One year after launching the 2030 Challenge for Products, Architecture 2030 announced that sustainability pioneer InterfaceFlor has become the first product manufacturer to commit to the ambitious carbon-reduction goals of the program.
The 2030 Challenge for Products aims to reduce the carbon footprint of building materials by targeting greenhouse gas (GHG) emissions resulting from manufacturing and transportation. The program sets carbon-reduction goals of 30% below the product category average by 2014, and subsequent improvements to reach 35% reductions in 2015, 40% in 2020, 45% in 2025, and 50% by 2030.
The announcement about InterfaceFlor’s commitment isn’t surprising. The company’s late founder Ray Anderson set the company on a visionary path in 1994 when he committed InterfaceFlor to climbing what he called “Mount Sustainability,” transforming the carpet tile manufacturer into a global leader. Anderson became an icon, and his company continues to achieve new levels of sustainability striving toward its own ambitious goals; and it was an early adopter of Environmental Product Declarations (EPDs) that are part of the 2030 Challenge for Products documentation requirements.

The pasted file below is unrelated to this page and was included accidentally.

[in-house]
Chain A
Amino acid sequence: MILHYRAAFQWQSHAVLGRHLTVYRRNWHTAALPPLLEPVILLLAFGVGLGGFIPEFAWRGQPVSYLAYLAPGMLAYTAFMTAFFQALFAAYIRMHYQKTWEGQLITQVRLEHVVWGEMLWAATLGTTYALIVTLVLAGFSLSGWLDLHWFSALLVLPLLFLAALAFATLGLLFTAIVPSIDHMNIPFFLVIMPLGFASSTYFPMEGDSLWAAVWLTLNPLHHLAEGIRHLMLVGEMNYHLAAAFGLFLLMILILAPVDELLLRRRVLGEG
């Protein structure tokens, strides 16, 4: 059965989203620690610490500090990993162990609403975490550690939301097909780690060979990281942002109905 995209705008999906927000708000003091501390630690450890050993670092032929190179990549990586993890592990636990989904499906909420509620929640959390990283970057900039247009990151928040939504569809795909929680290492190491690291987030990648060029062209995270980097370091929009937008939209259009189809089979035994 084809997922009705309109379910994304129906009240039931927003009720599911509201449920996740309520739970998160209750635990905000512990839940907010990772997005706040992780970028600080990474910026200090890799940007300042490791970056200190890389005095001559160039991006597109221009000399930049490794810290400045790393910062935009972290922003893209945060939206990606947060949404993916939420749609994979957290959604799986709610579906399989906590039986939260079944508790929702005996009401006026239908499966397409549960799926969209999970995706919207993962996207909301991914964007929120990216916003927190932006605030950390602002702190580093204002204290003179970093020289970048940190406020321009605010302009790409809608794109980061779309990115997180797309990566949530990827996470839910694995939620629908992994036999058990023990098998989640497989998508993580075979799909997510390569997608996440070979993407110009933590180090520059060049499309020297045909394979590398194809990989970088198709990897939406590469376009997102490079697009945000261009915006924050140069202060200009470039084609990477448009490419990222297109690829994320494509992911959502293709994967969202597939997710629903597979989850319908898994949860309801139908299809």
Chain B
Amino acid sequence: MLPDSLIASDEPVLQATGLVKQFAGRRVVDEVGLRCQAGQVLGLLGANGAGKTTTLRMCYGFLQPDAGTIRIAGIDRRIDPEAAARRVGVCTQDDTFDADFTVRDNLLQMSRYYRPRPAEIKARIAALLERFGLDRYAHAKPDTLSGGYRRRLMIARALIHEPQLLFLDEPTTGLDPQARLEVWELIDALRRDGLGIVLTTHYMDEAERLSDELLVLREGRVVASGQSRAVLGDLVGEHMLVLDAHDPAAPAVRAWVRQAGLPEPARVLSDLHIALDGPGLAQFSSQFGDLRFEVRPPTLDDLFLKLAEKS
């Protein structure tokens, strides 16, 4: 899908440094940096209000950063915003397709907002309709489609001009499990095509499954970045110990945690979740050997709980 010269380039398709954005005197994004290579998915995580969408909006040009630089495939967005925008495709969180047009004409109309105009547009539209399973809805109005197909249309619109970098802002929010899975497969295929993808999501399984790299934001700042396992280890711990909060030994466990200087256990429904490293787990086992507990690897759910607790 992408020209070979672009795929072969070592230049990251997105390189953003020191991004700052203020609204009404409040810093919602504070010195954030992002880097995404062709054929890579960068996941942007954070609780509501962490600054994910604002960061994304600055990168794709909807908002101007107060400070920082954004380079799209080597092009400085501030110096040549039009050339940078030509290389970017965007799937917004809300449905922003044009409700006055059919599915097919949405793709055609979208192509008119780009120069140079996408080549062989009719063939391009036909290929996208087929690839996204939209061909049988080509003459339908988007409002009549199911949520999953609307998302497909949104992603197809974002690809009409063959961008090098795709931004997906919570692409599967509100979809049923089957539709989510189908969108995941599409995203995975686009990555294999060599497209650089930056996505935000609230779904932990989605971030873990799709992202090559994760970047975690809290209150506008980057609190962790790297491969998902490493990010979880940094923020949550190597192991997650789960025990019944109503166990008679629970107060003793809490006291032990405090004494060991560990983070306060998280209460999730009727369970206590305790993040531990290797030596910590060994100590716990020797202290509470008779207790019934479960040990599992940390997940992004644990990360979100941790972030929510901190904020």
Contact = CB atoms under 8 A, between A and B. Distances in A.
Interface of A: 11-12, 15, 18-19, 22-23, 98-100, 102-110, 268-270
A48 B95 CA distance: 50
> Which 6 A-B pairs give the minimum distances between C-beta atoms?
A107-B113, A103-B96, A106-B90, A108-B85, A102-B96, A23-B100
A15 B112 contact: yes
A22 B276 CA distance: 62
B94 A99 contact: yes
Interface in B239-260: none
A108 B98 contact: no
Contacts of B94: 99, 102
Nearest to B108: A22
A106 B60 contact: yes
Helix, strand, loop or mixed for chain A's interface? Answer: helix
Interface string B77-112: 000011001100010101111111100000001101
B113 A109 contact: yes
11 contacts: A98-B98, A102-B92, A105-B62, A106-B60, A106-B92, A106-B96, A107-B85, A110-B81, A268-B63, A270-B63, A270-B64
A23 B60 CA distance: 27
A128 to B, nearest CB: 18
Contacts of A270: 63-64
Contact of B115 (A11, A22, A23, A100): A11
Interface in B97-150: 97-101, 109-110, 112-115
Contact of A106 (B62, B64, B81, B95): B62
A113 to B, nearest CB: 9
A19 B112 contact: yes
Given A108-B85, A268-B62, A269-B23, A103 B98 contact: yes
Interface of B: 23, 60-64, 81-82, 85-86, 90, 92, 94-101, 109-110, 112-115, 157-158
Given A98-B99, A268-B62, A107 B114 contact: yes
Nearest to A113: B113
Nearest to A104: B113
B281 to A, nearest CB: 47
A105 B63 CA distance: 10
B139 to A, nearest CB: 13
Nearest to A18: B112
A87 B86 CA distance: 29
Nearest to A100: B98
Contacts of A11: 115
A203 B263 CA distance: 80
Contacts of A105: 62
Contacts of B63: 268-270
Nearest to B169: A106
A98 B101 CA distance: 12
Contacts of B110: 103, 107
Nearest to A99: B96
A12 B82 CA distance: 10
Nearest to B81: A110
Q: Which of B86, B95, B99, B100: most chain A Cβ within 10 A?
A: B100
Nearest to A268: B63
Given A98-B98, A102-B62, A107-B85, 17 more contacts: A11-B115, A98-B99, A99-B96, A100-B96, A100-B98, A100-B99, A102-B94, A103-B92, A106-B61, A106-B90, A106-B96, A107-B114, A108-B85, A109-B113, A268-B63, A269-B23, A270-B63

“The raw resource extraction, manufacturing, construction, usage, and end-of-life stages of building products each generate significant greenhouse gas emissions,” says Architecture 2030 founder and Vision 2020 chair Edward Mazria. Slowing the growth rate of GHG emissions and then reversing it is the key to addressing climate change.”